Fecal Incontinence: A Taboo Topic

Fecal incontinence is perhaps the most stigmatized post-reproductive disorder.

It is reported in some form by 20 to 59% of women who give birth – though sometimes not arising until many years after childbirth. Roughly 40,000 women a year will eventually suffer fecal incontinence, but only a fraction of them will ever acknowledge the problem to a physician.

Fecal incontinence is the inability to control bowel movements, causing stool (feces) to leak unexpectedly from the rectum. Fecal incontinence symptoms range widely. It could be that you have occasional leakage of stool when you pass gas or maybe it’s complete loss of control of the bowel, so you can’t get to the bathroom in time. Maybe it’s just a little bit of smearing on the underwear just by being careful and having really good hygiene practices.

Don’t just think, “We’ll, I’ve never poop my pants. This doesn’t apply to me.”  If you’ve ever had instances where you can’t control your gas or there’s a little bit of smearing on your underwear, that all plays a role in your fecal health.

Range of symptoms:
-inability to avoid passing gas in public
-accidental loss of stool
-soiling of underwear despite careful hygiene

There are some common causes for it. One thing is diarrhea. That is liquidy, watery stool and that is hard for anyone to hold back. On the opposite side, constipation can be a cause. Constipation is when you get a big, firm, hard blockage of stool in our rectum. What can happen is other stool, maybe liquidy stool, can come around the side of it and kind of sneak out and make it hard for us to hold back because our rectum and anus isn’t performing well because it’s full of poop.

Other common causes are muscle or nerve damage, and oftentimes is muscle or nerve damage. Maybe associated with giving birth and having trauma during that time and or as we age. A common thing that can potentially can cause nerve damage is if you’ve been diagnosed with Diabetes Mellitus and have some nerve damage that way may not be able to sense and feel around the anus as well and not able to hold back the urine as well.

Depending on the cause, it may be possible to prevent fecal incontinence.

These actions may help:
1. Reduce constipation. Increase your exercise, eat more high-fiber foods and drink plenty of fluids.

2. Control diarrhea. Treating or eliminating the cause of the diarrhea may help you avoid fecal incontinence. If it’s a prolonged time frame of dealing with diarrhea, you need to be seen by your medical provider and get tested for an intestinal infection.

3. Avoid straining. So many women who are dealing with fecal incontinence have a long history of straining during a bowel movement. Straining during bowel movements can eventually weaken anal sphincter muscles or damage nerves, possibly leading to fecal incontinence. Believe it or not, a lot of adults need some toilet training to figure out how to properly have a bowel movement. Partnering with a therapist can be really helpful in this area.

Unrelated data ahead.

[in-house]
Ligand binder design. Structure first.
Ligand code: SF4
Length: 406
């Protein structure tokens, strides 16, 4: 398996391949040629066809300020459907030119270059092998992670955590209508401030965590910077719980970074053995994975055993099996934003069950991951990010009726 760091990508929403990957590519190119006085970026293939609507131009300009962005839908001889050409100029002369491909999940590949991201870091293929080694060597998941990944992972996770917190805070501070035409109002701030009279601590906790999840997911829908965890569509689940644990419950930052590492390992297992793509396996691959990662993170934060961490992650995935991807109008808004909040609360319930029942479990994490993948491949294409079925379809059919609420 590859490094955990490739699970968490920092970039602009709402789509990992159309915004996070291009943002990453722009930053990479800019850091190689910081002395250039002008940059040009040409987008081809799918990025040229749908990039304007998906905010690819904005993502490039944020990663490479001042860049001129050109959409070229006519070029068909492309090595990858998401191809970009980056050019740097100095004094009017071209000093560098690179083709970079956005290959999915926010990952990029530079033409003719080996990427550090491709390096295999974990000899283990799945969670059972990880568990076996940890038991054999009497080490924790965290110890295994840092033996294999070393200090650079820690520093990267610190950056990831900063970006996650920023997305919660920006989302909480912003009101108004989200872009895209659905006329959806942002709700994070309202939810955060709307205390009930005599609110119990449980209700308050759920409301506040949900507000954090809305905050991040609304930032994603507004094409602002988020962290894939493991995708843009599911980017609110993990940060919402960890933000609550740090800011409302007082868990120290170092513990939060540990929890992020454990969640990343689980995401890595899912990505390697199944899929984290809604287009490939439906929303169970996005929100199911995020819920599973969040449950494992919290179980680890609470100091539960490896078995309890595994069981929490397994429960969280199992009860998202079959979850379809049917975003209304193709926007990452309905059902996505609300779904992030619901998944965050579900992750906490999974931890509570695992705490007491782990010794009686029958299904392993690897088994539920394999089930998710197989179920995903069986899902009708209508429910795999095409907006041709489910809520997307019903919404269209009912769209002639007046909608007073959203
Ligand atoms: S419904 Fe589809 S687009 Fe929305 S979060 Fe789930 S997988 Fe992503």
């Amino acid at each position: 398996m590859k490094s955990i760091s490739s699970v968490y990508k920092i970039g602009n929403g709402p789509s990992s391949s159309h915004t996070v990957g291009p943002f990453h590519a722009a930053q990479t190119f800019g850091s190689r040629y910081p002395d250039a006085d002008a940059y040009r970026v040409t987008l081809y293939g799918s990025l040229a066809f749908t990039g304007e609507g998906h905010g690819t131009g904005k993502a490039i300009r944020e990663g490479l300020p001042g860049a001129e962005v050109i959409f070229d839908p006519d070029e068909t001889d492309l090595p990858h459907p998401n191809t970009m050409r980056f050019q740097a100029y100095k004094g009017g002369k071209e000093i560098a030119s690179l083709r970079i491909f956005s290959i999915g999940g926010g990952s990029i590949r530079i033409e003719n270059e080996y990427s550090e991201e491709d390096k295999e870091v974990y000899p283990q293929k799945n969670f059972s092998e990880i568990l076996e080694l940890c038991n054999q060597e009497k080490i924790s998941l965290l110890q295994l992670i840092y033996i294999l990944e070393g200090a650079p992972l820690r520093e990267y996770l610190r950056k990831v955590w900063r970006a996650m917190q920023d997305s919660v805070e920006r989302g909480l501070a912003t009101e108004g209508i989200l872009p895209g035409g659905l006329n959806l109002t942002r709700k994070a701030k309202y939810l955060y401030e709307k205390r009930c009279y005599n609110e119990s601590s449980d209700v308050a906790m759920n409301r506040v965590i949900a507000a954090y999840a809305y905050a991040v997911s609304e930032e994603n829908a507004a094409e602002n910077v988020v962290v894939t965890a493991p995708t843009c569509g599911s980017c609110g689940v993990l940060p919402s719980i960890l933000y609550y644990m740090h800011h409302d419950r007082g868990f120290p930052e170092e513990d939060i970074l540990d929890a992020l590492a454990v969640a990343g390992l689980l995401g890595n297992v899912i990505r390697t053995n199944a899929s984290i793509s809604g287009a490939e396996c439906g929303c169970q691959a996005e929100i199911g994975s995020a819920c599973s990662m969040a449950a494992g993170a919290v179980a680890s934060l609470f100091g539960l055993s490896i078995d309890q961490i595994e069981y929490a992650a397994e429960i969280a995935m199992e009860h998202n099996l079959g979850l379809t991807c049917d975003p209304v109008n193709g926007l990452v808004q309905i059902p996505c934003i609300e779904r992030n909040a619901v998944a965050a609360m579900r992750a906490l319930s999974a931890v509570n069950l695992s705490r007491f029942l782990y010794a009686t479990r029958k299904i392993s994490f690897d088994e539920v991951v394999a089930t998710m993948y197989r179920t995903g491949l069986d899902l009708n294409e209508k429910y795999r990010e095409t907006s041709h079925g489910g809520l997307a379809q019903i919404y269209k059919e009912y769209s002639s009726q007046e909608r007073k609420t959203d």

4. Strengthen Pelvic Floor Muscles. Our Pelvic Floor is the bowl of muscles on the bottom of our Pelvis. They go around our urethra, our vagina and our anus and specifically, around the anus, we have our external Anal sphincter muscle. It’s a little circular muscle and when it contracts, it closes off the anus to make sure bowel movements cannot come out. That muscle, especially if you had a larger tear or episiotomy with the delivery of your children, can get injured. It can have some scar tissue in it and does not necessarily worked as well as it did pre-injury. You may need some training to help get that muscle performing again the way that it should be. Strengthening your Pelvic Floor Muscles, especially your external Anal sphincter muscle, can be very helpful to eliminating Fecal Incontinence.

If you are not sure where those muscles are or how to get them working, you may need to partner up with the Pelvic Physical Therapist to get those identified and set-up a program to get them stronger for you.

Whatever the cause, fecal incontinence can be embarrassing. But don’t shy away from talking to your doctor. Treatments can improve fecal incontinence and your quality of life. If you have Questions about Fecal Incontinence, we are here to help. Reach out to us here at Legacy PT to talk with a qualified pelvic physical therapist about your symptoms.


AUTHOR

Brooke Kalisiak

Legacy Physical Therapy

"We help women who are tired of leaking, dealing with pelvic pain, and wanting to get their body back in shape after baby (even if it’s been 30 years) all without relying on medications or surgery."
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